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Coach Tumbles Most Since 2001 as North American Sales Slow

Coach Tumbles as North American Quarterly Sales Growth Slows
Coach Inc.’s revenue in the quarter ended June 30 advanced 12 percent to $1.16 billion, the New York-based company said today in a statement. Photographer: Konrad Fiedler/Bloomberg

Coach Inc., the largest U.S. luxury handbag maker, tumbled the most in almost 11 years after reporting fiscal fourth-quarter revenue that trailed analysts’ estimates amid slowing sales growth in North America.

Coach fell 19 percent to $49.33 at the close in New York, for the biggest drop since Sept. 17, 2001. The shares have declined 19 percent this year.

Sales at North American stores open at least a year advanced 1.7 percent, compared with a gain of 10 percent a year earlier. Jennifer Davis, an analyst at Lazard Capital Markets, projected an increase of 5 percent. Coach, facing competition from Michael Kors Holdings Ltd. and brands such as Tory Burch and Kate Spade, is working to attract consumers who have curbed spending on discretionary purchases amid slow economic growth.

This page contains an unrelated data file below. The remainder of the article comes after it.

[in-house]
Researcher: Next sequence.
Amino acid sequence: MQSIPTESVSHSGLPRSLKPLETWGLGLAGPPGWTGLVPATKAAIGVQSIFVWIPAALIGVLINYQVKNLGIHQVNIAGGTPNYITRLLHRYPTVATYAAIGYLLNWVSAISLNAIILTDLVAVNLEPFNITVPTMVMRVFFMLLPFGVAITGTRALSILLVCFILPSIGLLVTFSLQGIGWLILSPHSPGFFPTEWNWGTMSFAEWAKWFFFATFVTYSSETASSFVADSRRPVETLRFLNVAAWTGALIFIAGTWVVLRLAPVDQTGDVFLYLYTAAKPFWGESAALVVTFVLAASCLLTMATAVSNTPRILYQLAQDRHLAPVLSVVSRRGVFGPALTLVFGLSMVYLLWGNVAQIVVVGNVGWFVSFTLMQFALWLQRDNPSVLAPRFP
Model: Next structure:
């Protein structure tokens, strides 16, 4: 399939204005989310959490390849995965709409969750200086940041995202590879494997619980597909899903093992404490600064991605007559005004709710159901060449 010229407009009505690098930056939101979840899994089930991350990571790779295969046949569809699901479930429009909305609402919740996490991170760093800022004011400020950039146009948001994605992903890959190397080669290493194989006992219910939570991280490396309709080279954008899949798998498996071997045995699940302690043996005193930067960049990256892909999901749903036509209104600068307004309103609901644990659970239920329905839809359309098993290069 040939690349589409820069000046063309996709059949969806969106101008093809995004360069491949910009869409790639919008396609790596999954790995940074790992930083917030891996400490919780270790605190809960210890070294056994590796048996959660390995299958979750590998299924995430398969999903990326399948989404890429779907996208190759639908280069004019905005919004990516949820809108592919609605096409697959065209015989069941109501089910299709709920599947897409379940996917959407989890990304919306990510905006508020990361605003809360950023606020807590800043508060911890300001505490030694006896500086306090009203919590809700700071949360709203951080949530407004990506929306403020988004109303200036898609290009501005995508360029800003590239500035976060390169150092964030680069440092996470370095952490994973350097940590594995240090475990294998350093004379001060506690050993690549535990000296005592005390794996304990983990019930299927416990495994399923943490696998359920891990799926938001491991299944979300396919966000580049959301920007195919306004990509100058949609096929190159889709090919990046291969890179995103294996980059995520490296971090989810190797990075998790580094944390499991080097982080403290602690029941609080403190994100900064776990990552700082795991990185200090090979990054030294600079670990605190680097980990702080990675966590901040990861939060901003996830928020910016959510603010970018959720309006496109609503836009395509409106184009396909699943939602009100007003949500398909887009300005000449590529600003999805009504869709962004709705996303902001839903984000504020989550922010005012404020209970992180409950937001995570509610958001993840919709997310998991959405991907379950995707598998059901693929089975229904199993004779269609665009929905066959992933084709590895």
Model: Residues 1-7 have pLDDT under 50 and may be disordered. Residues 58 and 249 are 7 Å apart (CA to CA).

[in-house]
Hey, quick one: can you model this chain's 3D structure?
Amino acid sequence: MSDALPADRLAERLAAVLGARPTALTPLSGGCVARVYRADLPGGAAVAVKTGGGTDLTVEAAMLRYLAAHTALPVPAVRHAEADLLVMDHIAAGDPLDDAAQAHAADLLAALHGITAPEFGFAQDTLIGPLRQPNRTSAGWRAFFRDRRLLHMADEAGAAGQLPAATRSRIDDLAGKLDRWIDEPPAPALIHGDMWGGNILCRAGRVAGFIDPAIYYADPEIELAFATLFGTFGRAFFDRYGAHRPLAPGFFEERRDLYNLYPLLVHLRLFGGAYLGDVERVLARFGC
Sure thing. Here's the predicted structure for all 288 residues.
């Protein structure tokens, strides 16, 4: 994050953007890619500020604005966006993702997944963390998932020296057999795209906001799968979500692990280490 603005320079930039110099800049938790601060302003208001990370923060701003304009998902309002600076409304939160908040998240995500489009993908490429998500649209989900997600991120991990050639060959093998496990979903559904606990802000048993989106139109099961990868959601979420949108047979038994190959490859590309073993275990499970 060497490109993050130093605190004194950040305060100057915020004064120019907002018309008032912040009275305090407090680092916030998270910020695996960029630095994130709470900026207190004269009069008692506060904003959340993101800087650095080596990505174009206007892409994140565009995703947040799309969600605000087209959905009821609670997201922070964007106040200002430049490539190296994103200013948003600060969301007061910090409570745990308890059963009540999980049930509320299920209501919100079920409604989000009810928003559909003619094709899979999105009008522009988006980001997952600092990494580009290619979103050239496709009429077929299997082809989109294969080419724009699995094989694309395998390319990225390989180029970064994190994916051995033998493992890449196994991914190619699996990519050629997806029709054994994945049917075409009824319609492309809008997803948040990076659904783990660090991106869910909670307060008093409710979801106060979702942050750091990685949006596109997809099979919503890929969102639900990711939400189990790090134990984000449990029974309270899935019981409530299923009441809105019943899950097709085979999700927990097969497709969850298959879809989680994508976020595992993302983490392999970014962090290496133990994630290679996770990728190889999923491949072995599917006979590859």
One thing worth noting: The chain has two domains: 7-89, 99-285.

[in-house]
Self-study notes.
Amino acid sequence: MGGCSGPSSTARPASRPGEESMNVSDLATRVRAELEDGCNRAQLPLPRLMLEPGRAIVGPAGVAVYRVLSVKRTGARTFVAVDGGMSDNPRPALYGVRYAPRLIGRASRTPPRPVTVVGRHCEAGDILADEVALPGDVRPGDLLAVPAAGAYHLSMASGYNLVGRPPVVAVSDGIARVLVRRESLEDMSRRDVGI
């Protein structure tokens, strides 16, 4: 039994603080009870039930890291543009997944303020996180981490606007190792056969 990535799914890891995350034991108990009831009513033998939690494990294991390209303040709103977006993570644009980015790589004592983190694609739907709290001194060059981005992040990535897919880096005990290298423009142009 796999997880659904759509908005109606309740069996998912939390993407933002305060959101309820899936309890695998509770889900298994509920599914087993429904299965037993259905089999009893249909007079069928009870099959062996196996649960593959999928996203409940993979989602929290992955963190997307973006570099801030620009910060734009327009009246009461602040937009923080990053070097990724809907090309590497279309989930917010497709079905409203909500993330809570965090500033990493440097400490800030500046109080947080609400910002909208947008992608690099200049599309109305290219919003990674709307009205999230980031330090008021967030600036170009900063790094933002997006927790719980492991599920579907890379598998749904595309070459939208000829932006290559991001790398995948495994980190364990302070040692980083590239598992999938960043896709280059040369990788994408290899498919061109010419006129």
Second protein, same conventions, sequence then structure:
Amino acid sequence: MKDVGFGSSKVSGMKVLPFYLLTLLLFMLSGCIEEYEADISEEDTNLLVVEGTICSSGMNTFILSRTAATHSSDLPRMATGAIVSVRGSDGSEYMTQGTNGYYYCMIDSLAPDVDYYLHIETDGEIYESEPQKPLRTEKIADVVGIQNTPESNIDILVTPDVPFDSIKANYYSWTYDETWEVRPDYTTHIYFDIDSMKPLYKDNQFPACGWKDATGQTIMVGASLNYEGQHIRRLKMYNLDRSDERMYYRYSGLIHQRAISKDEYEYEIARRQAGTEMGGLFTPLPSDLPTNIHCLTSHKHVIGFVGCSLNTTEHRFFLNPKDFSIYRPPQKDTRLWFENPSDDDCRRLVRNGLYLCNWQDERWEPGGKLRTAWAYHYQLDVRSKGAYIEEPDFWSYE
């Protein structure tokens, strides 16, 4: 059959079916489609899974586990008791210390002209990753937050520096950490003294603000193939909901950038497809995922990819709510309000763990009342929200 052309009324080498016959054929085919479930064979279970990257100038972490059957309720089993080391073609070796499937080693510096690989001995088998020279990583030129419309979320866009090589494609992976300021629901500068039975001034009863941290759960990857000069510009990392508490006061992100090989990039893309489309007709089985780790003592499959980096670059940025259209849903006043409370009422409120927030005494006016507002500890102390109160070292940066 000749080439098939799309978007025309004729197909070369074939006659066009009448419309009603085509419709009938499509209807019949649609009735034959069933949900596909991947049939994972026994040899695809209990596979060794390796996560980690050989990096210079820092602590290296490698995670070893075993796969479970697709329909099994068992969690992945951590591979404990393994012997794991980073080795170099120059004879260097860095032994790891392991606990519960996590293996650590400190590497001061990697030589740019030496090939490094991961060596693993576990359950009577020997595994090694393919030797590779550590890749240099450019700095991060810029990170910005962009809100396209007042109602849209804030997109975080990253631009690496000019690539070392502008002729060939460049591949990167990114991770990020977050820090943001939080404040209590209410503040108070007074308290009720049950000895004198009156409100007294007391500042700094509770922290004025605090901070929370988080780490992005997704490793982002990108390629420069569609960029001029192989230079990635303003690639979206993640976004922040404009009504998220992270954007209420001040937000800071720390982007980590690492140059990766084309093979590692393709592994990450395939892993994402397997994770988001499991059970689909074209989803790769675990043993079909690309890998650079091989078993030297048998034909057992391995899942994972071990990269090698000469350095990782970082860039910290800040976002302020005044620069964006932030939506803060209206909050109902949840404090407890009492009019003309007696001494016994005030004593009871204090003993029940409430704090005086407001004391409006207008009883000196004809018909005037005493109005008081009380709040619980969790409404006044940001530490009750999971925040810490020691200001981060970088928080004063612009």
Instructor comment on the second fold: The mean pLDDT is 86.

“People are disappointed with the North American comparable sales,” Davis said in a telephone interview today. “The slowdown exacerbates concern that Coach might be losing market share in the U.S.”

Davis, based in New York, recommends buying the shares.

Coach’s revenue in the quarter ended June 30 advanced 12 percent to $1.16 billion, the New York-based company said today in a statement. Analysts projected $1.2 billion, the average of estimates compiled by Bloomberg.

Consumer Spending

Consumer spending in the U.S. stagnated last month as incomes increased. Household purchases, which account for about 70 percent of the economy, were unchanged in June after a 0.1 percent decrease the prior month, according to a Commerce Department report today.

Coach said “an increasingly promotional environment” prompted slower-than-expected growth at its factory outlets. The company reinstituted discount coupons late in the quarter.

The outlets were “entirely responsible” for the sales deceleration, Chief Executive Officer Lew Frankfort said on a conference call today.

Net income in the quarter rose 24 percent to $251.4 million, or 86 cents a share, from $202.5 million, or 68 cents, a year earlier, Coach said today. Analysts projected 85 cents a share, the average of 26 estimates compiled by Bloomberg.

Download: Earnings

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